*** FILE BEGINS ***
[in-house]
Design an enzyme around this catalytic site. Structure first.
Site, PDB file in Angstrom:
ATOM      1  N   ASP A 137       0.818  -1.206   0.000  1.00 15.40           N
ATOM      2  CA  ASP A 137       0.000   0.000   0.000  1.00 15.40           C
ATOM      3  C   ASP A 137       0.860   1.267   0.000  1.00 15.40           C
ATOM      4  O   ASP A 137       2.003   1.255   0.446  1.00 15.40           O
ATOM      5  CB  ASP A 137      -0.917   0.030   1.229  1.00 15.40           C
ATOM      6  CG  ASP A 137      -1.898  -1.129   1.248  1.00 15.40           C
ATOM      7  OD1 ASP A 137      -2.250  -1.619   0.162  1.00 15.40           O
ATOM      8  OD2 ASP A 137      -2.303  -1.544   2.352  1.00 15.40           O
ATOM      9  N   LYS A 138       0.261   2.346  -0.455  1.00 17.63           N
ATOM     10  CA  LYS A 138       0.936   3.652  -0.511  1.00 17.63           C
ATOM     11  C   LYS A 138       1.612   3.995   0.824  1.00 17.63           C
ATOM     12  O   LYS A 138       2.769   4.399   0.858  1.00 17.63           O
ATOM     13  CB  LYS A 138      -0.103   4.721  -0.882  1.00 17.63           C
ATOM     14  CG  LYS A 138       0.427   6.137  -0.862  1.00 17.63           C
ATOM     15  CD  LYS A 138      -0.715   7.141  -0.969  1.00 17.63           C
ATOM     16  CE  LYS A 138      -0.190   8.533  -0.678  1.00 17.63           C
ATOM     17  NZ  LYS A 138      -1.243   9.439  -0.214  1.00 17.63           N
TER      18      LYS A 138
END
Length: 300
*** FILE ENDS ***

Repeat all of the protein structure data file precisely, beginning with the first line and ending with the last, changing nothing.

[in-house]
Design an enzyme around this catalytic site. Structure first.
Site, PDB file in Angstrom:
ATOM      1  N   ASP A 137       0.818  -1.206   0.000  1.00 15.40           N
ATOM      2  CA  ASP A 137       0.000   0.000   0.000  1.00 15.40           C
ATOM      3  C   ASP A 137       0.860   1.267   0.000  1.00 15.40           C
ATOM      4  O   ASP A 137       2.003   1.255   0.446  1.00 15.40           O
ATOM      5  CB  ASP A 137      -0.917   0.030   1.229  1.00 15.40           C
ATOM      6  CG  ASP A 137      -1.898  -1.129   1.248  1.00 15.40           C
ATOM      7  OD1 ASP A 137      -2.250  -1.619   0.162  1.00 15.40           O
ATOM      8  OD2 ASP A 137      -2.303  -1.544   2.352  1.00 15.40           O
ATOM      9  N   LYS A 138       0.261   2.346  -0.455  1.00 17.63           N
ATOM     10  CA  LYS A 138       0.936   3.652  -0.511  1.00 17.63           C
ATOM     11  C   LYS A 138       1.612   3.995   0.824  1.00 17.63           C
ATOM     12  O   LYS A 138       2.769   4.399   0.858  1.00 17.63           O
ATOM     13  CB  LYS A 138      -0.103   4.721  -0.882  1.00 17.63           C
ATOM     14  CG  LYS A 138       0.427   6.137  -0.862  1.00 17.63           C
ATOM     15  CD  LYS A 138      -0.715   7.141  -0.969  1.00 17.63           C
ATOM     16  CE  LYS A 138      -0.190   8.533  -0.678  1.00 17.63           C
ATOM     17  NZ  LYS A 138      -1.243   9.439  -0.214  1.00 17.63           N
TER      18      LYS A 138
END
Length: 300